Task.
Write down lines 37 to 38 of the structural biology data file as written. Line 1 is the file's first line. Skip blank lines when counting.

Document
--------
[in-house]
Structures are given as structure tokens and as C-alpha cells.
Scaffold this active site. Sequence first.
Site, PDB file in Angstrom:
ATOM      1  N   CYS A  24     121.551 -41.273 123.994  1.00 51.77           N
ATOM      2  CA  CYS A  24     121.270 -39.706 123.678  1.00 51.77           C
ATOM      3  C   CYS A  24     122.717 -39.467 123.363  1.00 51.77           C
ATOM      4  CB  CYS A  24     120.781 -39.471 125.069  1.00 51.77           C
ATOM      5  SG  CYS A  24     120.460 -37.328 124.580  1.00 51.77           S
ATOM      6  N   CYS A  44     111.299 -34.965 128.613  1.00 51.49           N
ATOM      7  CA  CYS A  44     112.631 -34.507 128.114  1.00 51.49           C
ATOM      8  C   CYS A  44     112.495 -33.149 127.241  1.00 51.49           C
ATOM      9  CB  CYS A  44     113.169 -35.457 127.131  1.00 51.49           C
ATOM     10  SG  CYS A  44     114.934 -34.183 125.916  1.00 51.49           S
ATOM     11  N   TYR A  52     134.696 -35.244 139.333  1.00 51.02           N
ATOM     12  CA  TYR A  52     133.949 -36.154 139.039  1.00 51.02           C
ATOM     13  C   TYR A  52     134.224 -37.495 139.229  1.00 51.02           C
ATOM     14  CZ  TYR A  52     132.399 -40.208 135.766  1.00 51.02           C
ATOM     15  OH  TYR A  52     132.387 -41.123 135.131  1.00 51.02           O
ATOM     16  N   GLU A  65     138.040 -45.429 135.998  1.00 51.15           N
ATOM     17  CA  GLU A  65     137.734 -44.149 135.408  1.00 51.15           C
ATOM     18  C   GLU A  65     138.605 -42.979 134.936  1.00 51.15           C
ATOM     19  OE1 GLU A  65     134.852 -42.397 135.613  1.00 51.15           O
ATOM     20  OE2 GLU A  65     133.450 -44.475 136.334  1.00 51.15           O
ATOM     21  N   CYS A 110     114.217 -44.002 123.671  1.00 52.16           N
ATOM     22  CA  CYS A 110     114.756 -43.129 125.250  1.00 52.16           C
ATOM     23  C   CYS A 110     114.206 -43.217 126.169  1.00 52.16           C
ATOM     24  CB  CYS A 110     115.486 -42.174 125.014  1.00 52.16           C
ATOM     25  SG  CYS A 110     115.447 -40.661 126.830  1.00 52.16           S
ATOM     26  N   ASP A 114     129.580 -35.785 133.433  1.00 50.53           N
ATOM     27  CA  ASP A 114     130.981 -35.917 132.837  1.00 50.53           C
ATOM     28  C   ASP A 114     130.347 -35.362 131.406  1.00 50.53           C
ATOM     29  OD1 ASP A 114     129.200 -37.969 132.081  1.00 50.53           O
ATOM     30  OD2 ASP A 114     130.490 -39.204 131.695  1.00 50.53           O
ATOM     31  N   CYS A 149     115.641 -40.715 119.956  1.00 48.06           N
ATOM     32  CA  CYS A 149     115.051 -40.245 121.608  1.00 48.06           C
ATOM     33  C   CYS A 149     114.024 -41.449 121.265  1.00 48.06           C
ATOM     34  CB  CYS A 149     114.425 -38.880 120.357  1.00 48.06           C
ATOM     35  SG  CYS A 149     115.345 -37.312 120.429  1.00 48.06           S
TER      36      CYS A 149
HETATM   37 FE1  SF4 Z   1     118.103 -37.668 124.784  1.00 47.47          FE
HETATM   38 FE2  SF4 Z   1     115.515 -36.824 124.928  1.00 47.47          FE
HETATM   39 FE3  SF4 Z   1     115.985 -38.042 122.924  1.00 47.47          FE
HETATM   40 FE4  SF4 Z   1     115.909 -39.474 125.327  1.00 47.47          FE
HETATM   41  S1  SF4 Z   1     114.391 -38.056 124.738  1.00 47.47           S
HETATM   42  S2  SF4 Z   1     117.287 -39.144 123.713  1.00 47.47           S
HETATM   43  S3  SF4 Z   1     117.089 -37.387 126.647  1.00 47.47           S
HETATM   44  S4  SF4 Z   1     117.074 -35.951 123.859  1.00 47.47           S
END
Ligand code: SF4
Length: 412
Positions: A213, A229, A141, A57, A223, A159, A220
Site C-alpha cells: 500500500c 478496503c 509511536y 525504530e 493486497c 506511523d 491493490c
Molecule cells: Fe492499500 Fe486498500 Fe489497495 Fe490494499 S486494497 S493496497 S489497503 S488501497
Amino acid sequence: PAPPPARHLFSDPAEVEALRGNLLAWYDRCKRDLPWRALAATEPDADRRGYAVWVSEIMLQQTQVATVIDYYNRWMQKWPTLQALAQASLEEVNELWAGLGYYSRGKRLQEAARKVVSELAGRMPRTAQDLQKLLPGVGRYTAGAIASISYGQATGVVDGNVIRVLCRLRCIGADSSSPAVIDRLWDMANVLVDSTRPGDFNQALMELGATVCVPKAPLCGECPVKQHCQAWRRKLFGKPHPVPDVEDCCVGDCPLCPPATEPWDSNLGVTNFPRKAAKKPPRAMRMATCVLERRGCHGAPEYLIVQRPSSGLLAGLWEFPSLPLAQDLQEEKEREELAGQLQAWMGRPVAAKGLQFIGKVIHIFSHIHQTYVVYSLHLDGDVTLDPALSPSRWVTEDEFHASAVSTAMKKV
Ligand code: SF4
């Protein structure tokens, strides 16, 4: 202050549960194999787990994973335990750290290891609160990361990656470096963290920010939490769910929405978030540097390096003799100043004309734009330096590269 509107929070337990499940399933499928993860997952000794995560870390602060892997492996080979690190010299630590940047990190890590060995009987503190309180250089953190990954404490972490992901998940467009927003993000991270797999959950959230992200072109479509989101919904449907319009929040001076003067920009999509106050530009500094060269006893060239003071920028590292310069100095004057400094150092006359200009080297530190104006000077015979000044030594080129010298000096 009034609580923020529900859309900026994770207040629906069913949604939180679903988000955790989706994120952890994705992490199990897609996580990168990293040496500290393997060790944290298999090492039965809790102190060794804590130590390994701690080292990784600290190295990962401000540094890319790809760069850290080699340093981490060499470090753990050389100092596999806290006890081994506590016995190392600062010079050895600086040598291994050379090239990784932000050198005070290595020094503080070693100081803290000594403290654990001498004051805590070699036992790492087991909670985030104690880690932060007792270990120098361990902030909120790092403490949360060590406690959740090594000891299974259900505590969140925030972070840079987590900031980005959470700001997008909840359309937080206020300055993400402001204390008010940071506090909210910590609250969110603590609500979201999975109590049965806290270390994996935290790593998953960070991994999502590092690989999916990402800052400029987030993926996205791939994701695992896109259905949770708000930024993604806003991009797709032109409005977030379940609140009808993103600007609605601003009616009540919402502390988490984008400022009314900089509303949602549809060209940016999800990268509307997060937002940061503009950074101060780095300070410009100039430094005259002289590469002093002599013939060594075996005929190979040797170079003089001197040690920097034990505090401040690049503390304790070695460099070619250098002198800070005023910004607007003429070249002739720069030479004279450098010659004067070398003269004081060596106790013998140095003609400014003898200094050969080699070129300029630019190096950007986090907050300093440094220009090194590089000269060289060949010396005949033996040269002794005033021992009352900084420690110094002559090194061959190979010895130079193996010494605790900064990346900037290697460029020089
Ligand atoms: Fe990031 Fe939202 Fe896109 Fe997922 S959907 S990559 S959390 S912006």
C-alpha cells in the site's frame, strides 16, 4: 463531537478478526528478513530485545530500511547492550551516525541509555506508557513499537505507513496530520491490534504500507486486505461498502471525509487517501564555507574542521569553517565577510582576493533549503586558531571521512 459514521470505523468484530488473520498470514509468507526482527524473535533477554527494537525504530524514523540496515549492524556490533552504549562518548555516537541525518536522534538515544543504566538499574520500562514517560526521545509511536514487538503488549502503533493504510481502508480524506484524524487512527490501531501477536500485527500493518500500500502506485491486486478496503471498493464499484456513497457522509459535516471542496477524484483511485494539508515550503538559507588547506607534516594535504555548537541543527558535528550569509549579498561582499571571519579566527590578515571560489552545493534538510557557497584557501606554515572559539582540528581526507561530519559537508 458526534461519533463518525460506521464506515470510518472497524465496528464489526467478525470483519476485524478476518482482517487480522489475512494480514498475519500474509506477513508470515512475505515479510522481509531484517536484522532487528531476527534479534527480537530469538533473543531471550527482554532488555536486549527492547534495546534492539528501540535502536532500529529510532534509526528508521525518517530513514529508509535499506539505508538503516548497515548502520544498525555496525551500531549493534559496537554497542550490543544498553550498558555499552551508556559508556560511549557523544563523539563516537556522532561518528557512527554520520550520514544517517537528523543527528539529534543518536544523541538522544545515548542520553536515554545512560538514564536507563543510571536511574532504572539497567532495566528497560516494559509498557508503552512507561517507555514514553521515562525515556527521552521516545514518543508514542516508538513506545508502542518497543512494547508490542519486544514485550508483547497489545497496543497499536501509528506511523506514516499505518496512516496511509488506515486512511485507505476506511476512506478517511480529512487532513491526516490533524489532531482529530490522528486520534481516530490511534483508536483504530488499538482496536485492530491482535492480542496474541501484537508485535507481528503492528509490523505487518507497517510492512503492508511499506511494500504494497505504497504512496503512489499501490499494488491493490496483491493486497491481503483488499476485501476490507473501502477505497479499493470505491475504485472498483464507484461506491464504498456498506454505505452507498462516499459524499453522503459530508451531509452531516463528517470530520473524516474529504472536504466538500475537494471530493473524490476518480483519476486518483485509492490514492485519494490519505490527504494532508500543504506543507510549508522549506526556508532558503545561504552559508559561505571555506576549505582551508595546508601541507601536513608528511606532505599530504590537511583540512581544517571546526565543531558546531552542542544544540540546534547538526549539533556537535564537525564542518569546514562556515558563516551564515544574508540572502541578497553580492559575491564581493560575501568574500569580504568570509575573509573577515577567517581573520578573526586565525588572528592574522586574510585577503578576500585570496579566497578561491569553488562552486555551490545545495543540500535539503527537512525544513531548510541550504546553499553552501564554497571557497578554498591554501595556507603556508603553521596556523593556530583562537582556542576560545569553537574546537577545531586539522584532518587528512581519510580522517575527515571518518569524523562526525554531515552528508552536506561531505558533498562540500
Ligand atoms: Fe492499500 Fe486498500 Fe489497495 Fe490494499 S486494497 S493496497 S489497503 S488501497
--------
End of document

ATOM     33  C   CYS A 149     114.024 -41.449 121.265  1.00 48.06           C
ATOM     34  CB  CYS A 149     114.425 -38.880 120.357  1.00 48.06           C